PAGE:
Dr. Rachel Hess, Professor of Population Health Sciences, explains how bundled payments work and how they can help lower overall health care costs.">

Mar 24, 2017 — Traditionally, health care costs through insurance companies have been billed to patients with a fee-for-service model, but that's changing. Health care providers are combining services for an episode of care and treatments into a single payment, with the overall goal of better patient outcomes and lower costs. On this Health Minute, Dr. Rachel Hess, Professor of Population Health Sciences, explains how bundled payments work and how they can help lower overall health care costs.

Interview

Announcer: "The Health Minute" produced by University of Utah Health.

Interviewer: Bundled Payments, some people think that they could help reduce healthcare costs, but what are bundled payments and how exactly would they do that? Dr. Rachel Hess is Professor of Population Health Sciences at University of Utah Health. Help me understand the term "bundled payment."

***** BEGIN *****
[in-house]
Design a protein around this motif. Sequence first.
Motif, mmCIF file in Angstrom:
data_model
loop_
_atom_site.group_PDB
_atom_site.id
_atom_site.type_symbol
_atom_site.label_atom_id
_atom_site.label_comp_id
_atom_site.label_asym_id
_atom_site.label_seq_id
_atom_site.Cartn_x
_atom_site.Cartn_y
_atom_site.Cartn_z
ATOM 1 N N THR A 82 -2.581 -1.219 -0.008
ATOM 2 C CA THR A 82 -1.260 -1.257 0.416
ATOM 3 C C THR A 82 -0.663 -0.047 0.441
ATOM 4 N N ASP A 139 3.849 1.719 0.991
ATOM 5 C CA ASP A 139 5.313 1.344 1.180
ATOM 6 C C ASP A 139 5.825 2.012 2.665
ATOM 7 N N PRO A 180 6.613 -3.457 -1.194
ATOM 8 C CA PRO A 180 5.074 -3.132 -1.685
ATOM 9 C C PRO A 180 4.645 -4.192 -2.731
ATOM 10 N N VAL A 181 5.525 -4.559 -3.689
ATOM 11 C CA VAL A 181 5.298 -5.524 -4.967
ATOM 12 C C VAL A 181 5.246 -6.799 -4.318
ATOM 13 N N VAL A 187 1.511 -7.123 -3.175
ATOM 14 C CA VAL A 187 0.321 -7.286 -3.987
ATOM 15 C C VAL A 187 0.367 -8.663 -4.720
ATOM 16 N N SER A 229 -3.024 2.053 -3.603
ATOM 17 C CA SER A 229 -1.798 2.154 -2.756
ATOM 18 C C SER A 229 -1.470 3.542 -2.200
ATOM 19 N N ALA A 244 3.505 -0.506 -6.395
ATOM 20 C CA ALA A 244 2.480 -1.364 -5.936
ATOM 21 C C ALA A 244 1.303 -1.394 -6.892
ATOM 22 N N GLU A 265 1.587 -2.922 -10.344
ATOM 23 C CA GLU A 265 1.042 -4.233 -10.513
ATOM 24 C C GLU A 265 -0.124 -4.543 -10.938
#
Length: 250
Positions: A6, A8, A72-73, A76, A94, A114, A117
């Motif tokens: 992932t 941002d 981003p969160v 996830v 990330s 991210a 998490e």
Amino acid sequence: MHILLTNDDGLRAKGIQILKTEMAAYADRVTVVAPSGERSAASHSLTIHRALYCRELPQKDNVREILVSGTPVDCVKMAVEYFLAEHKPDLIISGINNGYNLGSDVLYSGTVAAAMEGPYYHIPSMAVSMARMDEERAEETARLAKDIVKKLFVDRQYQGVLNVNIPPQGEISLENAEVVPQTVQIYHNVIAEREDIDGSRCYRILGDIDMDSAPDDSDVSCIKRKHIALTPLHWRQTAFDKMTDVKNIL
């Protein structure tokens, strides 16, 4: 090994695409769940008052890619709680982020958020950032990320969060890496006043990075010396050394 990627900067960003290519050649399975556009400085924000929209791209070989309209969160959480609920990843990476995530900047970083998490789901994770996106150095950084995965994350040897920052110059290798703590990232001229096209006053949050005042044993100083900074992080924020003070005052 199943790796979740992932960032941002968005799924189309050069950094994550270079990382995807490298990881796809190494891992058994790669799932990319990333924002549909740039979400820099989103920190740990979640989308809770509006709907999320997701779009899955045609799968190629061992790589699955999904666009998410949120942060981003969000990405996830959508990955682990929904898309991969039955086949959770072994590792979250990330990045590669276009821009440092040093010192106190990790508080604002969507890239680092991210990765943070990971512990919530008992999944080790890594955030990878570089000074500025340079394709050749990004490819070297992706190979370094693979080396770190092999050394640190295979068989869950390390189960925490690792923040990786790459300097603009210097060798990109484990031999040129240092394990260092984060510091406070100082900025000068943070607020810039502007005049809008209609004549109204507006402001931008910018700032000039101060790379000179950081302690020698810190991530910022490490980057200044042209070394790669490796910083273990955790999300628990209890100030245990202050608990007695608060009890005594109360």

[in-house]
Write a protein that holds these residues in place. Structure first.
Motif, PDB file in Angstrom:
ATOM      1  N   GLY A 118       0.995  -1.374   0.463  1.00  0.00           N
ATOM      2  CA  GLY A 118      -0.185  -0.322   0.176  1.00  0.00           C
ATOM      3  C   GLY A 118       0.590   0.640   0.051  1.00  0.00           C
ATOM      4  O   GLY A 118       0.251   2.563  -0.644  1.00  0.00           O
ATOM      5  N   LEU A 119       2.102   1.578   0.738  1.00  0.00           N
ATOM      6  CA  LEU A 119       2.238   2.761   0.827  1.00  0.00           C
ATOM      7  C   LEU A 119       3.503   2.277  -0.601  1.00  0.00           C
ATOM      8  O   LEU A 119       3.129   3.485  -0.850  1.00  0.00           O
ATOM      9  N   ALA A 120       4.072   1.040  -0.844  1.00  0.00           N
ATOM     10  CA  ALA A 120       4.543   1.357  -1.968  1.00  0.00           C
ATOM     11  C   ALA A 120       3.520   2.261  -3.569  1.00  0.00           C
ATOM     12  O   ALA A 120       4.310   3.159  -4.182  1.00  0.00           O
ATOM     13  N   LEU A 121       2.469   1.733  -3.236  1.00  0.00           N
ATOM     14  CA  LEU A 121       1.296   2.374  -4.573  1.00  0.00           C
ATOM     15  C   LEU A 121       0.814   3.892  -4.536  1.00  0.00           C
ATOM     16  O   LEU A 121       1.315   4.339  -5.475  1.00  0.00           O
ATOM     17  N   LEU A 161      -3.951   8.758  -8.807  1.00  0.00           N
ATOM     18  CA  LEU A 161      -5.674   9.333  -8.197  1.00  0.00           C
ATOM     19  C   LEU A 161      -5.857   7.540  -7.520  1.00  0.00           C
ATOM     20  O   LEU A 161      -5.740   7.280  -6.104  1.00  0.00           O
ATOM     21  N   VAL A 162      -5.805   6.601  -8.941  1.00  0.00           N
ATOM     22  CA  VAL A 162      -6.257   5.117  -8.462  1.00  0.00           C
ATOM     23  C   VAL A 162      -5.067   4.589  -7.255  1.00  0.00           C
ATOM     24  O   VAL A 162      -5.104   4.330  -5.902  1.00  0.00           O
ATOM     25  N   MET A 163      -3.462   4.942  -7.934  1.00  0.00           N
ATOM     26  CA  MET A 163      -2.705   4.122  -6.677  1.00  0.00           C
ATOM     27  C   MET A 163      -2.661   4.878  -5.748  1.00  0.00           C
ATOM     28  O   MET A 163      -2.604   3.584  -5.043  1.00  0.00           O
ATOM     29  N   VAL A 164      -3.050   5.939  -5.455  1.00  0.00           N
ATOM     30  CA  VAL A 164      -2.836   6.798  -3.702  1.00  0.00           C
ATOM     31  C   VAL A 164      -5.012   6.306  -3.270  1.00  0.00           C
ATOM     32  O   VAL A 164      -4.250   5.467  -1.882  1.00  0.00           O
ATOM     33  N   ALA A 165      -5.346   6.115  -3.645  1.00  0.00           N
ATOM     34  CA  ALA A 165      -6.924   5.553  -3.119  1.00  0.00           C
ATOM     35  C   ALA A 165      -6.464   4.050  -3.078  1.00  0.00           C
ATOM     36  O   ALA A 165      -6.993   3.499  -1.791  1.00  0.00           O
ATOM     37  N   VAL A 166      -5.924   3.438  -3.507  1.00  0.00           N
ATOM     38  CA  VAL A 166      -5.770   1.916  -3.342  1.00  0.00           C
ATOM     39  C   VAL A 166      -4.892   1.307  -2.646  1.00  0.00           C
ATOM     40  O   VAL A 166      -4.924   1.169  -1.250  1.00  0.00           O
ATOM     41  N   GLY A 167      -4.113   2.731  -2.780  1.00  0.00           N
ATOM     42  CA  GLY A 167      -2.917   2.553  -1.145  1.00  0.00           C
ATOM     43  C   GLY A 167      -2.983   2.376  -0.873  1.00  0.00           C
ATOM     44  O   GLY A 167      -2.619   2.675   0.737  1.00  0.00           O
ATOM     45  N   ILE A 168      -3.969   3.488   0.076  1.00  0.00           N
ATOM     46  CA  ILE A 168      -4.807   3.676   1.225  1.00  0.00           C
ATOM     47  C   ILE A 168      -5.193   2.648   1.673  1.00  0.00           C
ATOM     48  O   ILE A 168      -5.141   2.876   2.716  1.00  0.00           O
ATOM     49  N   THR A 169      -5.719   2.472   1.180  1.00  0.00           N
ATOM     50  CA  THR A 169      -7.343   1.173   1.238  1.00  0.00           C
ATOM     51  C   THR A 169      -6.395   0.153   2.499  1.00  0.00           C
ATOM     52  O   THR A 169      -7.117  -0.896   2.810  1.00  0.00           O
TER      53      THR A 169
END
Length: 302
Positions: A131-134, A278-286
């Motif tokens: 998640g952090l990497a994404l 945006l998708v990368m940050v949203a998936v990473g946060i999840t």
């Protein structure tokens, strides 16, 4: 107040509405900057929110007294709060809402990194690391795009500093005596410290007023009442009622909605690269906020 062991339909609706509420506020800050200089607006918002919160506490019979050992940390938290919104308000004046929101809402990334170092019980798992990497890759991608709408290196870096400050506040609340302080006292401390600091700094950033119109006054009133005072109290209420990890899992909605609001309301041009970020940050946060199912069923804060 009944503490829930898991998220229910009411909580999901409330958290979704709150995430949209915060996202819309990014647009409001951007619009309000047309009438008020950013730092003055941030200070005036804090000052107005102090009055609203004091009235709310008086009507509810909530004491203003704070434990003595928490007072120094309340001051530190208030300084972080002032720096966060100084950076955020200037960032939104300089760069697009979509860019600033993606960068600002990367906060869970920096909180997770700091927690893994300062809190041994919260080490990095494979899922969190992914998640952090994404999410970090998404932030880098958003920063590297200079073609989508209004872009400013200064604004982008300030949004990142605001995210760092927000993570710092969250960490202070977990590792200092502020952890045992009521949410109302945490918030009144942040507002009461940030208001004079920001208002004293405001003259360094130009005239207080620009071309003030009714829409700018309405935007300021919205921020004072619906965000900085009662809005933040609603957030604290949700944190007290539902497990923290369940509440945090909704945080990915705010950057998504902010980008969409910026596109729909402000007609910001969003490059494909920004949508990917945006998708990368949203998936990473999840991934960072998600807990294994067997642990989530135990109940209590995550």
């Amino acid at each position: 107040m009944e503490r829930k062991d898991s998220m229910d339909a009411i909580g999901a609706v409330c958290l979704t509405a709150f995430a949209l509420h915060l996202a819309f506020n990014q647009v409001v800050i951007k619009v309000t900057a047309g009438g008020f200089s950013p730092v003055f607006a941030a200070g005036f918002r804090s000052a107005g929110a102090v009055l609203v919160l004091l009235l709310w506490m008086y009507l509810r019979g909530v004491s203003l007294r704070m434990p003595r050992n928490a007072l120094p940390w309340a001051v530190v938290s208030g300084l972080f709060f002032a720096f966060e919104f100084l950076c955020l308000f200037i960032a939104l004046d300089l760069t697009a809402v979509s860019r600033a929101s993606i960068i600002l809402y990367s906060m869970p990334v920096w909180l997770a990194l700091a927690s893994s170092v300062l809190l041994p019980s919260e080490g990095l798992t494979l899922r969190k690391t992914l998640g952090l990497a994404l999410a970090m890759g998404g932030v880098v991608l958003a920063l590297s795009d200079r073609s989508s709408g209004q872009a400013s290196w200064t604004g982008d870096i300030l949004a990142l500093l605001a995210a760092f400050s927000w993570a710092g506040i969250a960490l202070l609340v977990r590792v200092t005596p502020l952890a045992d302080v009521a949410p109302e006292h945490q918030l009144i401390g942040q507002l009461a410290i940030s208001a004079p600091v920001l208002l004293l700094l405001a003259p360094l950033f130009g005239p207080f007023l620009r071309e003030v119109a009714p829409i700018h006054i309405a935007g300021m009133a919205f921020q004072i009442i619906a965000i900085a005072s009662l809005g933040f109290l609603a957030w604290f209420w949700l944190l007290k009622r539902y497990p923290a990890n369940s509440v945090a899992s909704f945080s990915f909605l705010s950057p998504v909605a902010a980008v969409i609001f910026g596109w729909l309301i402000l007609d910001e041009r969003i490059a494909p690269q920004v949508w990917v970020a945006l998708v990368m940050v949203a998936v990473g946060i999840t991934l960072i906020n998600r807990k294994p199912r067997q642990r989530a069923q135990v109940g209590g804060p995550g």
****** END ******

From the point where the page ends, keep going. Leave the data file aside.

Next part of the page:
Dr. Hess: Under traditional fee-for-service, patients, through their insurers, pay for each unit of care that they receive. Health systems are incented to deliver more units for more payments. With bundled payments, the patient, through the insurer, pays one amount for an entire episode of care like a surgery or even up to all the care that they get for a year and payments can be tied to quality. Healthcare systems are incented over the long-term to use more preventive care and services like nutrition classes, for example, to keep you healthier. Over time, the idea is that healthier people cost less money and overall healthcare costs go down.

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